Severely Disseminated Kaposi Sarcoma after ABO-Incompatible Kidney Transplantation Treated Successfully with Paclitaxel and Gemcitabine Combined with Hemodialysis
Kaposi Sarcoma (KS) is driven by human herpes virus 8 causing vascular proliferation which is induced by loss of immune function most often due to HIV or immunosuppressants. KS occurs with increased incidence in kidney transplant recipients, but rarely is disseminated. We report a 64-year-old male who developed severely disseminated KS 5 months after ABO-incompatible kidney-transplantation. No guidelines for chemotherapy exist in this case and reduced kidney function and impaired immune system complicates the use of systemic chemotherapy in kidney transplant recipients. A combination of paclitaxel and gemcitabine followed by two days of hemodialysis treatment was chosen since paclitaxel can be given in full dose independently of kidney function and gemcitabine is metabolised to 2′,2′-difluorodeoxyuridine which is found to be highly dialysable. The present treatment was well tolerated by the patient with one episode of leukopenia and elevated alanine transaminase during treatment which resolved. There were no serious adverse events and the patient obtained a complete remission verified by Positron Emission Tomography CT after ending chemotherapy and at one-year follow up.
Wide Excision of a Retroperitoneal Liposarcoma with En Bloc Ureterectomy and Renal Salvage by Autotransplantation
Liposarcoma is a malignant mesenchymal neoplasm composed of adipose tissue with varying degrees of atypia. These tumors grow slowly and may reach an enormous size particularly if located in the retroperitoneum. We report a 40-year-old male with a 6-month history of gradual abdominal enlargement. Computed tomography (CT) of the abdomen showed a huge retroperitoneal mass with characteristic features consistent with liposarcoma. On laparotomy, the mass was noted to be encasing the right ureter for which a wide excision with en bloc ureterectomy and subsequent renal autotransplantation for organ preservation was done. Post-operative course was uneventful with excellent outcome after 6 months of follow-up. Final histopathologic diagnosis was low-grade, well differentiated liposarcoma, which has favorable prognosis following radical surgery. This was the first report of such a case in the Philippines.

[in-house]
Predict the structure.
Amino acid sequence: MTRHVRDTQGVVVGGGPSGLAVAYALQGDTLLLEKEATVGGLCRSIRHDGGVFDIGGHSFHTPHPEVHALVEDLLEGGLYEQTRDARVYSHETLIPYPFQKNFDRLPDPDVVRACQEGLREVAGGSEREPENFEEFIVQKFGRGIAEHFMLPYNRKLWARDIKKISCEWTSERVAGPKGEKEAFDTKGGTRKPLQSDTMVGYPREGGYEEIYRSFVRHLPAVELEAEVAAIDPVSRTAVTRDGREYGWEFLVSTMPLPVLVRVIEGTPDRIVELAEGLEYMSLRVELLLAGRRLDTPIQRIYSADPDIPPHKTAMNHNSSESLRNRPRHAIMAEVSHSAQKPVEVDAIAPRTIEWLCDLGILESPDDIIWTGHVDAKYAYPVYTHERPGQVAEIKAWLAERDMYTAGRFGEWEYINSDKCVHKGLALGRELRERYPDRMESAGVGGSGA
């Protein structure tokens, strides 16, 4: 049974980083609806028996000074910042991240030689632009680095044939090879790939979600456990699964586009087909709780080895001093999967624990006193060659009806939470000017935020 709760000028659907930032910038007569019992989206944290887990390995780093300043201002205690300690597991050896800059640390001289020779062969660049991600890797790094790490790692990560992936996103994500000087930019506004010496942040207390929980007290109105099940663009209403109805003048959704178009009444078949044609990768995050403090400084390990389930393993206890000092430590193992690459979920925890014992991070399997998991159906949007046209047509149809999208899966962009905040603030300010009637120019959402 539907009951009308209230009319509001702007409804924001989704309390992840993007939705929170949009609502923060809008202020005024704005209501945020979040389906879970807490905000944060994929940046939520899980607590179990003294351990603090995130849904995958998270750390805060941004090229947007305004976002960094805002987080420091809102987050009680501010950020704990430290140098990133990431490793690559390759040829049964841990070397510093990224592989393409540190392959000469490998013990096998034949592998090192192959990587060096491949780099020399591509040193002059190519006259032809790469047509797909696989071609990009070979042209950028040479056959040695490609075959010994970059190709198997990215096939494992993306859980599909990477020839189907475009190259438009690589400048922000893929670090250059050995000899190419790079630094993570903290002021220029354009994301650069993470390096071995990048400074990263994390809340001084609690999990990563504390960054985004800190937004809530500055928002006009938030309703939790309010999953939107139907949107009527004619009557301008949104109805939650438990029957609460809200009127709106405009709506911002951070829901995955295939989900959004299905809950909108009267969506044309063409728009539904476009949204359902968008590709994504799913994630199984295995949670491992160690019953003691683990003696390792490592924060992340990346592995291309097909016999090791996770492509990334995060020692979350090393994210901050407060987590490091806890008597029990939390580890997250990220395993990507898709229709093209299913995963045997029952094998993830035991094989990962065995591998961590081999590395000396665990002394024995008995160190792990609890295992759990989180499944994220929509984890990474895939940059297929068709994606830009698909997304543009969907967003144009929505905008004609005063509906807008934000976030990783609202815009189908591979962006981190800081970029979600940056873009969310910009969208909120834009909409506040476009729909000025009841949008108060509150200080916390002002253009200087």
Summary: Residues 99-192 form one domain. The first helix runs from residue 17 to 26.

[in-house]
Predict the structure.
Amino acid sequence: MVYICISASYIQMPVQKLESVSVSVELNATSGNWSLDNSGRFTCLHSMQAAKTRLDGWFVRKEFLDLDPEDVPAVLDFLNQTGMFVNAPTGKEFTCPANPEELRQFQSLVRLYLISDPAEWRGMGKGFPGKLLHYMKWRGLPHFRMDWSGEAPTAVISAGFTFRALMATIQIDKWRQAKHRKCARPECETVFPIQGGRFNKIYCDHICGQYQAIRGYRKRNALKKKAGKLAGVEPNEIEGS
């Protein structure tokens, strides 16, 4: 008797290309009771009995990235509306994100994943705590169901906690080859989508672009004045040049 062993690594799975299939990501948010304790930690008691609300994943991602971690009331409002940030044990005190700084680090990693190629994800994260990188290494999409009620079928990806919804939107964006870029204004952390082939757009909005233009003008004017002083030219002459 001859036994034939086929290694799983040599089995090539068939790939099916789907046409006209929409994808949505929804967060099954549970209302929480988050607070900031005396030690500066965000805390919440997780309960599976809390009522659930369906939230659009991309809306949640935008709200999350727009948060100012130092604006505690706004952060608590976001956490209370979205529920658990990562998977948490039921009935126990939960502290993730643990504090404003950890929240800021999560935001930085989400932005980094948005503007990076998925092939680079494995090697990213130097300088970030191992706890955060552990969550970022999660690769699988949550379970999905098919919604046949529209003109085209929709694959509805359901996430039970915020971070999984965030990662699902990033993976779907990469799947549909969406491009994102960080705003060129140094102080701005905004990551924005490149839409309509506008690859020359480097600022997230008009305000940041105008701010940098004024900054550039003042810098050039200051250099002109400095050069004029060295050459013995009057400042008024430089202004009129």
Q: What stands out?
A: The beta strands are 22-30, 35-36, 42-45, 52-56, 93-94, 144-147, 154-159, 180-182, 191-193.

Surgical Site Infections Complicating the Use of Negative Pressure Wound Therapy in Renal Transplant Recipients
Surgical site infections (SSI) of the abdominal wall in renal transplant recipients can on occasion require management with negative pressure wound therapy (NPWT). This is often successful, with a low risk of further complications. However, we describe three cases in which persistent or recurrent surgical site sepsis occurred, whilst NPWT was being deployed in adults with either wound dehiscence or initial SSI. This type of complication in the setting of NPWT has not been previously described in renal transplant recipients. Our case series demonstrates that in immunosuppressed transplant recipients, there may be ineffective microbial or bacterial bioburden clearance associated with the NPWT, which can lead to further infections. Hence recognition for infections in renal transplant patients undergoing treatment with NPWT is vital; furthermore, aggressive management of sepsis control with early debridement, antimicrobial use, and reassessment of the use of wound dressing is necessary to reduce the morbidity associated with surgical site infections and NPWT.